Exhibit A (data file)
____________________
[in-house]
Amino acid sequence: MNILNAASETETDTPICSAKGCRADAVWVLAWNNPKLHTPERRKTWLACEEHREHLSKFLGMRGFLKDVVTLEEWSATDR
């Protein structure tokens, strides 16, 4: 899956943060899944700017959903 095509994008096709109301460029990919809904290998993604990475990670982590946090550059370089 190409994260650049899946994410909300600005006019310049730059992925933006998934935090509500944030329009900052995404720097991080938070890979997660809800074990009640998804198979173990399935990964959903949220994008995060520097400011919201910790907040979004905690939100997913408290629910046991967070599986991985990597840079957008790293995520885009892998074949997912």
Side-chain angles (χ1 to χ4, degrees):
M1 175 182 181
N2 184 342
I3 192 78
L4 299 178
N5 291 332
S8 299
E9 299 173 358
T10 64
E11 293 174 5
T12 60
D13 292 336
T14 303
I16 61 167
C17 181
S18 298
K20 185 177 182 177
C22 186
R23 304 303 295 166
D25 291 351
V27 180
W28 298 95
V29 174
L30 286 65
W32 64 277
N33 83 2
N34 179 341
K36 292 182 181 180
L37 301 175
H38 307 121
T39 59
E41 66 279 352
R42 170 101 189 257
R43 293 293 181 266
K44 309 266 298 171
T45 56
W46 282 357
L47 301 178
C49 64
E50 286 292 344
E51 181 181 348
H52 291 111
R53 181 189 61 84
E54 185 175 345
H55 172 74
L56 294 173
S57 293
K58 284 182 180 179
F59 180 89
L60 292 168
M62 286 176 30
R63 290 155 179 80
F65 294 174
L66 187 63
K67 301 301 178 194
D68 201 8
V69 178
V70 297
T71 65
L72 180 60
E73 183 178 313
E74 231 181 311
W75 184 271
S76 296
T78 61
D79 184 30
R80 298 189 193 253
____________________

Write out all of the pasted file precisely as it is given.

[in-house]
Amino acid sequence: MNILNAASETETDTPICSAKGCRADAVWVLAWNNPKLHTPERRKTWLACEEHREHLSKFLGMRGFLKDVVTLEEWSATDR
């Protein structure tokens, strides 16, 4: 899956943060899944700017959903 095509994008096709109301460029990919809904290998993604990475990670982590946090550059370089 190409994260650049899946994410909300600005006019310049730059992925933006998934935090509500944030329009900052995404720097991080938070890979997660809800074990009640998804198979173990399935990964959903949220994008995060520097400011919201910790907040979004905690939100997913408290629910046991967070599986991985990597840079957008790293995520885009892998074949997912």
Side-chain angles (χ1 to χ4, degrees):
M1 175 182 181
N2 184 342
I3 192 78
L4 299 178
N5 291 332
S8 299
E9 299 173 358
T10 64
E11 293 174 5
T12 60
D13 292 336
T14 303
I16 61 167
C17 181
S18 298
K20 185 177 182 177
C22 186
R23 304 303 295 166
D25 291 351
V27 180
W28 298 95
V29 174
L30 286 65
W32 64 277
N33 83 2
N34 179 341
K36 292 182 181 180
L37 301 175
H38 307 121
T39 59
E41 66 279 352
R42 170 101 189 257
R43 293 293 181 266
K44 309 266 298 171
T45 56
W46 282 357
L47 301 178
C49 64
E50 286 292 344
E51 181 181 348
H52 291 111
R53 181 189 61 84
E54 185 175 345
H55 172 74
L56 294 173
S57 293
K58 284 182 180 179
F59 180 89
L60 292 168
M62 286 176 30
R63 290 155 179 80
F65 294 174
L66 187 63
K67 301 301 178 194
D68 201 8
V69 178
V70 297
T71 65
L72 180 60
E73 183 178 313
E74 231 181 311
W75 184 271
S76 296
T78 61
D79 184 30
R80 298 189 193 253